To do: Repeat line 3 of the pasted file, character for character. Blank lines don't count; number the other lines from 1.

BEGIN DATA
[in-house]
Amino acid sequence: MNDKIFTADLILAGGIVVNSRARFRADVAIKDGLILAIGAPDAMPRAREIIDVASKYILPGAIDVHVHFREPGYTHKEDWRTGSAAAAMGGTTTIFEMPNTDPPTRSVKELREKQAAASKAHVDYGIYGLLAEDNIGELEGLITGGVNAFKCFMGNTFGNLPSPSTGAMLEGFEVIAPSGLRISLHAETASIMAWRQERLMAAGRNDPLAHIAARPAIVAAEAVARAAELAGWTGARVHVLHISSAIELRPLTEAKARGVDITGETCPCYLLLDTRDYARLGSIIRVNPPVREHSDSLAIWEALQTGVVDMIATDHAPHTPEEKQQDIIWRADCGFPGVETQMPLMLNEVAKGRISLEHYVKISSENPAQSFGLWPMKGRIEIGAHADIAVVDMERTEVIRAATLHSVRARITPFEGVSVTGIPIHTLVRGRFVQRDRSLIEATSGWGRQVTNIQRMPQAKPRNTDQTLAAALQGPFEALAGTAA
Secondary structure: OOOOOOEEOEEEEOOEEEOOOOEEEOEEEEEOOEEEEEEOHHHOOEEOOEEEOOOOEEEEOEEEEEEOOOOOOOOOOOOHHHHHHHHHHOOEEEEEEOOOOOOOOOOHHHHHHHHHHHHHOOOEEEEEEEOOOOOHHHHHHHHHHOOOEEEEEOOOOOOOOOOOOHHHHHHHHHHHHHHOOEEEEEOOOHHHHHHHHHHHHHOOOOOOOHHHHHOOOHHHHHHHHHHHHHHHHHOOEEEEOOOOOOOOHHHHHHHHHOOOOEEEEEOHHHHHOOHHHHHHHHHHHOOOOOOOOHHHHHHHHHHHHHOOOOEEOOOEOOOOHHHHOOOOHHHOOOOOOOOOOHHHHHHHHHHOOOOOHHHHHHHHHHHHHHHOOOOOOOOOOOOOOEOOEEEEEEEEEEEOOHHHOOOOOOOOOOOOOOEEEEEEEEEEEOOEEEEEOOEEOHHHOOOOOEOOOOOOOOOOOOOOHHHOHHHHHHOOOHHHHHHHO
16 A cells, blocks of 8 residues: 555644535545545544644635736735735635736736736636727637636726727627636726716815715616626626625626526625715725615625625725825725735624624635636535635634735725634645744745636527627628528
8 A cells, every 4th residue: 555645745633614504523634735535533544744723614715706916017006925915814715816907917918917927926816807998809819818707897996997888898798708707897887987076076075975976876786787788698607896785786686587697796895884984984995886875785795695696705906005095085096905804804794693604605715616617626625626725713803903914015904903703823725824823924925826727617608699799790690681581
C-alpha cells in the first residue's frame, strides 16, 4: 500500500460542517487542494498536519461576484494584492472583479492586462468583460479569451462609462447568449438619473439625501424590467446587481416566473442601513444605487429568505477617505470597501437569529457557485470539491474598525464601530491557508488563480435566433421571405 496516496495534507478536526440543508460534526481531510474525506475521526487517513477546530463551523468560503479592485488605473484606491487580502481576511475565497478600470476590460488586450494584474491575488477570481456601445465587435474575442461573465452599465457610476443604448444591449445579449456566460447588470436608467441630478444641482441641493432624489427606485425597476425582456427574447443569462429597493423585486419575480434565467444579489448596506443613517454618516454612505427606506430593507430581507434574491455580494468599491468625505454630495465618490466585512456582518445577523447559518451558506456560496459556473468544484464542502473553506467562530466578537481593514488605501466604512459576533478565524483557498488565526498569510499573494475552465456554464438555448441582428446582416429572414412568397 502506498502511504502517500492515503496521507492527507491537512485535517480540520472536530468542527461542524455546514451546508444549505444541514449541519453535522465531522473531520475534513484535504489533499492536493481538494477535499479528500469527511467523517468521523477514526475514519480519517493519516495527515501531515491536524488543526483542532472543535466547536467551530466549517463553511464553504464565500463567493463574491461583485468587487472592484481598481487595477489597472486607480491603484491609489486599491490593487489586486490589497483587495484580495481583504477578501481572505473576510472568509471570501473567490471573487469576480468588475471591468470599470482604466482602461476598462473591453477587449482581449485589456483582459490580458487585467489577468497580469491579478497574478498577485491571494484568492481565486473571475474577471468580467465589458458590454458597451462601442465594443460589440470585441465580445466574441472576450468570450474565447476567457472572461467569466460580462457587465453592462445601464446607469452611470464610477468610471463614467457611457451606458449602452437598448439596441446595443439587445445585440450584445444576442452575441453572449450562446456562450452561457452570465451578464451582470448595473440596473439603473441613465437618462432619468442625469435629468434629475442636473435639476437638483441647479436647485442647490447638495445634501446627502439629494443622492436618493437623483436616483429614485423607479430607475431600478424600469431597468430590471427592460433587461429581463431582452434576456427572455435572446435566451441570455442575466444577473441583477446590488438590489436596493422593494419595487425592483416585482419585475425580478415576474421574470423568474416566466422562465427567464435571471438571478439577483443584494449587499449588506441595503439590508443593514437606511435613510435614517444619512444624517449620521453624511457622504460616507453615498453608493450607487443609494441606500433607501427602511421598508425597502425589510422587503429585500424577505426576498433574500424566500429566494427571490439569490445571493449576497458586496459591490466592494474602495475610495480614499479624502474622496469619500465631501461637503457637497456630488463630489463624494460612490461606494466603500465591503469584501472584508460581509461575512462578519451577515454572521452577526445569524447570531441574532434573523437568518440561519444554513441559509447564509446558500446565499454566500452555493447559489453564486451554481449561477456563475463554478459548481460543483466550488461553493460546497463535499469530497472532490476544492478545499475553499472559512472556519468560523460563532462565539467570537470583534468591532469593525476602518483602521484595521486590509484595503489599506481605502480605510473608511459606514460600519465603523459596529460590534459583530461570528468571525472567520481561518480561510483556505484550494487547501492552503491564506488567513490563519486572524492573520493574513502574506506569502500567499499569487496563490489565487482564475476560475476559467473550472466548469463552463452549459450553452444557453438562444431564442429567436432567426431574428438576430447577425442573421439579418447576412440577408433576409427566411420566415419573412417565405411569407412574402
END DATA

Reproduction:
Secondary structure: OOOOOOEEOEEEEOOEEEOOOOEEEOEEEEEOOEEEEEEOHHHOOEEOOEEEOOOOEEEEOEEEEEEOOOOOOOOOOOOHHHHHHHHHHOOEEEEEEOOOOOOOOOOHHHHHHHHHHHHHOOOEEEEEEEOOOOOHHHHHHHHHHOOOEEEEEOOOOOOOOOOOOHHHHHHHHHHHHHHOOEEEEEOOOHHHHHHHHHHHHHOOOOOOOHHHHHOOOHHHHHHHHHHHHHHHHHOOEEEEOOOOOOOOHHHHHHHHHOOOOEEEEEOHHHHHOOHHHHHHHHHHHOOOOOOOOHHHHHHHHHHHHHOOOOEEOOOEOOOOHHHHOOOOHHHOOOOOOOOOOHHHHHHHHHHOOOOOHHHHHHHHHHHHHHHOOOOOOOOOOOOOOEOOEEEEEEEEEEEOOHHHOOOOOOOOOOOOOOEEEEEEEEEEEOOEEEEEOOEEOHHHOOOOOEOOOOOOOOOOOOOOHHHOHHHHHHOOOHHHHHHHO